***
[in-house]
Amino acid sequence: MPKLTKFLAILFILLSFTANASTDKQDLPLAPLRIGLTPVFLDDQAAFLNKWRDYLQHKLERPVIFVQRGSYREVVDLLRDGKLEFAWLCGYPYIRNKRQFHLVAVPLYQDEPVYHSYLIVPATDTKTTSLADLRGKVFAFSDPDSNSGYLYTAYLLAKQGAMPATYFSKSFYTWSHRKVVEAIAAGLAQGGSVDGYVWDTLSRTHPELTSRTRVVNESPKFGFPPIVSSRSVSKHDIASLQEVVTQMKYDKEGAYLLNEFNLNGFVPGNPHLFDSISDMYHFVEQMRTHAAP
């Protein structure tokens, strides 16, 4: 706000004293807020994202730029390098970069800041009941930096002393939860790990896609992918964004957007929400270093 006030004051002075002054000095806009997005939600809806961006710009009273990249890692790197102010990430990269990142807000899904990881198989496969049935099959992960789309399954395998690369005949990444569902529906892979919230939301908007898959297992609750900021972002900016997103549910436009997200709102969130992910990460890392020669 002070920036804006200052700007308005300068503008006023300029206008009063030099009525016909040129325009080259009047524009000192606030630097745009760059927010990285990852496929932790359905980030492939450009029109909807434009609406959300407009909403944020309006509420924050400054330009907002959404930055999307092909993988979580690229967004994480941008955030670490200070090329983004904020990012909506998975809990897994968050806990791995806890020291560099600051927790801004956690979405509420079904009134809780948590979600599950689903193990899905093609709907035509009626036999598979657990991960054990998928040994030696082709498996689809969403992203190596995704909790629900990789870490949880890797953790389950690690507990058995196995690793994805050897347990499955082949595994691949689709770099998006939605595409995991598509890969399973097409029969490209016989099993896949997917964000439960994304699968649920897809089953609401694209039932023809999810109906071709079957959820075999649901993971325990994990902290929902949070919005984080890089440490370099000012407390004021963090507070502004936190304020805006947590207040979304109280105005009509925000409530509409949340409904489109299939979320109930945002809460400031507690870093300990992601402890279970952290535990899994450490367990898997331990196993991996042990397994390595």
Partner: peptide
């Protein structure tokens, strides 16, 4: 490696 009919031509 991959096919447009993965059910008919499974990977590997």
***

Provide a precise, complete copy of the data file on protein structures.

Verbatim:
[in-house]
Amino acid sequence: MPKLTKFLAILFILLSFTANASTDKQDLPLAPLRIGLTPVFLDDQAAFLNKWRDYLQHKLERPVIFVQRGSYREVVDLLRDGKLEFAWLCGYPYIRNKRQFHLVAVPLYQDEPVYHSYLIVPATDTKTTSLADLRGKVFAFSDPDSNSGYLYTAYLLAKQGAMPATYFSKSFYTWSHRKVVEAIAAGLAQGGSVDGYVWDTLSRTHPELTSRTRVVNESPKFGFPPIVSSRSVSKHDIASLQEVVTQMKYDKEGAYLLNEFNLNGFVPGNPHLFDSISDMYHFVEQMRTHAAP
């Protein structure tokens, strides 16, 4: 706000004293807020994202730029390098970069800041009941930096002393939860790990896609992918964004957007929400270093 006030004051002075002054000095806009997005939600809806961006710009009273990249890692790197102010990430990269990142807000899904990881198989496969049935099959992960789309399954395998690369005949990444569902529906892979919230939301908007898959297992609750900021972002900016997103549910436009997200709102969130992910990460890392020669 002070920036804006200052700007308005300068503008006023300029206008009063030099009525016909040129325009080259009047524009000192606030630097745009760059927010990285990852496929932790359905980030492939450009029109909807434009609406959300407009909403944020309006509420924050400054330009907002959404930055999307092909993988979580690229967004994480941008955030670490200070090329983004904020990012909506998975809990897994968050806990791995806890020291560099600051927790801004956690979405509420079904009134809780948590979600599950689903193990899905093609709907035509009626036999598979657990991960054990998928040994030696082709498996689809969403992203190596995704909790629900990789870490949880890797953790389950690690507990058995196995690793994805050897347990499955082949595994691949689709770099998006939605595409995991598509890969399973097409029969490209016989099993896949997917964000439960994304699968649920897809089953609401694209039932023809999810109906071709079957959820075999649901993971325990994990902290929902949070919005984080890089440490370099000012407390004021963090507070502004936190304020805006947590207040979304109280105005009509925000409530509409949340409904489109299939979320109930945002809460400031507690870093300990992601402890279970952290535990899994450490367990898997331990196993991996042990397994390595």
Partner: peptide
């Protein structure tokens, strides 16, 4: 490696 009919031509 991959096919447009993965059910008919499974990977590997």